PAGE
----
Getting over a relationship after an affair, breakup or divorce
Category: Better Endings | Author: Elly Prior | First published: 23-09-2010 | Modified: 03-12-2017
I really feel for you right now if you’ve just broken up with someone. You’re probably feeling like the pain is too much. You just want to recover, and to know how to get over the relationship as quickly as possible.
Maybe you saw it coming, or perhaps the dreadful news came completely out of the blue. No matter how it happened, you’re probably feeling hurt, angry and in despair. It many ways, it’s just like suffering from a physical illness because you can feel out of control and simply horrible.
The good news is: you will recover. I believe in you and know that you have the strength to do it.
The bad news is: it may not happen as fast as you want it to. And it may not happen as fast as the people around you want it to either!
If you need help getting over an affair, I’ve written some special advice on this, so do have a look at Surviving Infidelity and Dealing with Infidelity.
If you’re having trouble getting over someone you broke up with some time ago, I’ll be able to help you more if you have a look at my page How to Get Over Someone.
By all means give yourself time to grieve, and remember that there's a life waiting for you when you begin to recover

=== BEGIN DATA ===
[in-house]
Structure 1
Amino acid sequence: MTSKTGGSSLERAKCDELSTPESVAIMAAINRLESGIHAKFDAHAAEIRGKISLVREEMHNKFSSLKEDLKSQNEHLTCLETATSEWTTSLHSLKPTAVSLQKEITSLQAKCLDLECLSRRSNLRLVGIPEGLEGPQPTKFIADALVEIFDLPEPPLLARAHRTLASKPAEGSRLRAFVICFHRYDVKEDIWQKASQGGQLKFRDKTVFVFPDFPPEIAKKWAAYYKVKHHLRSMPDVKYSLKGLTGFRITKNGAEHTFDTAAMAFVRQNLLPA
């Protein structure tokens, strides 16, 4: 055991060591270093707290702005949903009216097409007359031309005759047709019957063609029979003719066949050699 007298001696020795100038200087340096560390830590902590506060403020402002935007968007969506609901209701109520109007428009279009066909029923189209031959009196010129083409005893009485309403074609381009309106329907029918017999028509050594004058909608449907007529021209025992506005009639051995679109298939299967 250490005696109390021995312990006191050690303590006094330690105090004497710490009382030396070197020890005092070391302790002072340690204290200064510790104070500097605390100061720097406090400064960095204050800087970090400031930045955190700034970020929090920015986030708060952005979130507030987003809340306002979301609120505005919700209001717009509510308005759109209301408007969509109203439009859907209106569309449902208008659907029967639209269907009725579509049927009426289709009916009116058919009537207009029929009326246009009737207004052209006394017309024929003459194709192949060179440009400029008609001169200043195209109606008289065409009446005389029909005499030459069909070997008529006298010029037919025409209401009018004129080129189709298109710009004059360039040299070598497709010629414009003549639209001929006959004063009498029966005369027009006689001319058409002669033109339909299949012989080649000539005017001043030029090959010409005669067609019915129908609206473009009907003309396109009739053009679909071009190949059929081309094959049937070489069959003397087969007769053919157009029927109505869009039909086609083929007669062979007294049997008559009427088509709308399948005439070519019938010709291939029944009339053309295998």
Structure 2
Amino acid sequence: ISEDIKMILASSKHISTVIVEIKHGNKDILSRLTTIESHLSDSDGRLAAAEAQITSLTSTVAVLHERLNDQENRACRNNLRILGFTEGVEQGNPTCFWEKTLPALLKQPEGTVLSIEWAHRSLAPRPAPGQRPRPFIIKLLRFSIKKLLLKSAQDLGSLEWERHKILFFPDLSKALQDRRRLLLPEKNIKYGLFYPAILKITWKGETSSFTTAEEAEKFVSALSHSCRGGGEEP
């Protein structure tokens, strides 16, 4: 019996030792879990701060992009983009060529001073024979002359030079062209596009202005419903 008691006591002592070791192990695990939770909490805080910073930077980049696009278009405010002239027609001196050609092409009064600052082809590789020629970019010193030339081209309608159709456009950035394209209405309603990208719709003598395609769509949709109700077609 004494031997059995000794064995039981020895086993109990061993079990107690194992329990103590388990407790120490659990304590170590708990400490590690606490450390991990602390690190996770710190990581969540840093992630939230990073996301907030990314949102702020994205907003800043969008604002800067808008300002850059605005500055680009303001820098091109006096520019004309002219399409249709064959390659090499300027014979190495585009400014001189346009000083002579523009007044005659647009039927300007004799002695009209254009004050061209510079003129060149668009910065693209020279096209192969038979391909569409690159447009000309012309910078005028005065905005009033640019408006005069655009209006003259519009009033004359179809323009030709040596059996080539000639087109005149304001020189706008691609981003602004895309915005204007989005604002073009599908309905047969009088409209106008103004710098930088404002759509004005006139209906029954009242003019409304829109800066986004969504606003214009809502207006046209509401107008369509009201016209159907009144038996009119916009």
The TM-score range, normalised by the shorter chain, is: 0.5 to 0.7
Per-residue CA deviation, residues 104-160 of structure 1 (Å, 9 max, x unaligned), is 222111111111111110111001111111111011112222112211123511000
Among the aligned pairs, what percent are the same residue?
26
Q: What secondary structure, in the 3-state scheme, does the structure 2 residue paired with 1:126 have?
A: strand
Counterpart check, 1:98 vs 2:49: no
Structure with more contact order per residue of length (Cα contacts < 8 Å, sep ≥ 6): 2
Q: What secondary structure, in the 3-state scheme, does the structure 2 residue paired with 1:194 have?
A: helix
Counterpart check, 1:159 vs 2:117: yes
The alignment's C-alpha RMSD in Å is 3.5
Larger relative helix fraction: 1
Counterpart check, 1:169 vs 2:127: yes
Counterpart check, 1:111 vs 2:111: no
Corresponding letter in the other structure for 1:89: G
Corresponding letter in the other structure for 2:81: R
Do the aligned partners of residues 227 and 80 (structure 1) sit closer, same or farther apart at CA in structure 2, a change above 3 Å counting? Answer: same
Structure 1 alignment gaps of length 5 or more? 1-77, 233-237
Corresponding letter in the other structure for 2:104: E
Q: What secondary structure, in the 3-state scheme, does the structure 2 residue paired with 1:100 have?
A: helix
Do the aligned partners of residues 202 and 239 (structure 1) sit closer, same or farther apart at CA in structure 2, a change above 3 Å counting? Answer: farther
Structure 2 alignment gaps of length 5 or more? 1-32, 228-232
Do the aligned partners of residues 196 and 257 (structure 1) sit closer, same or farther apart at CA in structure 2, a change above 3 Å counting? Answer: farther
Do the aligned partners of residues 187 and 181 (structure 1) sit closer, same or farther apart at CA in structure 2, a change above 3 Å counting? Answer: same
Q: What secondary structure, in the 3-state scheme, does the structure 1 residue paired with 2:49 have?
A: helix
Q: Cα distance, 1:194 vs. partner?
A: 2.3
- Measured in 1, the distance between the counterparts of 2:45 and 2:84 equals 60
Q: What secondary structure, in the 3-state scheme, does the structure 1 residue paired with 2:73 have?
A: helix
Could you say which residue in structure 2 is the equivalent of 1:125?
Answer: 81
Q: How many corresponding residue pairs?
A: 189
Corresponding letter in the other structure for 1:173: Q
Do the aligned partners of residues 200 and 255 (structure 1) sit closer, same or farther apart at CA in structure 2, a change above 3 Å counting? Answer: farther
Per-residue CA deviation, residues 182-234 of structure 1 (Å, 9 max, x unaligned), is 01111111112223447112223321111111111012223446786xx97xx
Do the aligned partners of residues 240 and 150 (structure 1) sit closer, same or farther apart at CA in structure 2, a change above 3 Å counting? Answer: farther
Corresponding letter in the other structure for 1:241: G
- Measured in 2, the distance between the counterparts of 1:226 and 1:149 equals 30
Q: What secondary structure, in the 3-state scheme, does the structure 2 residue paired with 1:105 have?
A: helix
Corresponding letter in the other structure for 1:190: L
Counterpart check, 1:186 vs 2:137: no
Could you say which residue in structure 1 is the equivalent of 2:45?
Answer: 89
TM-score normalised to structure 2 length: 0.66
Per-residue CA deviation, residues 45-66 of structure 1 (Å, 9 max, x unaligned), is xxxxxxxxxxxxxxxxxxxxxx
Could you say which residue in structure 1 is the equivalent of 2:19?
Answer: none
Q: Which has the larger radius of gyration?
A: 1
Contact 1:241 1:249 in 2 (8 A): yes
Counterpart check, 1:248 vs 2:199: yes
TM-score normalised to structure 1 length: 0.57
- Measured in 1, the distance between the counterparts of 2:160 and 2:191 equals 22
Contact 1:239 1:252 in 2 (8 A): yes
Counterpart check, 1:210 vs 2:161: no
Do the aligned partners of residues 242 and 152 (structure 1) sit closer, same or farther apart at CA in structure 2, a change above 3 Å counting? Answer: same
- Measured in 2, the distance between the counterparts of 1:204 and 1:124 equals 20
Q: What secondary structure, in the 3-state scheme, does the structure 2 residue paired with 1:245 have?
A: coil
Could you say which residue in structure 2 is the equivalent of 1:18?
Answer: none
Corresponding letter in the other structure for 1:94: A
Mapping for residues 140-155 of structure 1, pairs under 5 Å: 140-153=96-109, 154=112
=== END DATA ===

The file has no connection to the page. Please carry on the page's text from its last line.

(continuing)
Is it really too late?
If there’s any chance at all that you may be able to rescue the relationship and you still want to fight for it, then visit my page: How to Save Your Relationship or Marriage.
I’ve reviewed an excellent programme to restore (and perhaps even improve) your marriage or relationship. It was developed by Lee Baucom PhD, who is a very successful couple therapist.
Your spouse or partner may appear to have no problem, but what about you?
Your reaction and your ability to get over a relationship after a break up, separation or divorce depend to a large extent upon your individual circumstances.
The following factors can all have an impact…
10 Factors that have an impact on the ending
- The length of the relationship or marriage
- How recently you split up
- How 'intense' or even 'obsessive' the relationship was
- How important it was to you (clearly, for you: very important, otherwise you wouldn’t have visited this page)
- How it ended
- Whether there was any domestic violence
- Whether or not the relationship was an affair
- Whether or not it was an 'on/off' relationship
- To what extend you both show generosity of spirit
- Whether or not you have chosen for a collaborative separation or divorce
However it ended, you’ll feel the loss acutely. You are in fact grieving. It can feel as if someone close to you has died. The psychological reaction to this type of loss is much like a bereavement.
One way to speed up your recovery is to get some help dealing with those waves of emotions. I’d recommend hypnosis for this, and the downloads Mend Your Broken Heart and Getting Over a Relationship would be the ones to go for. See my page on Self-Hypnosis FAQ and Downloads.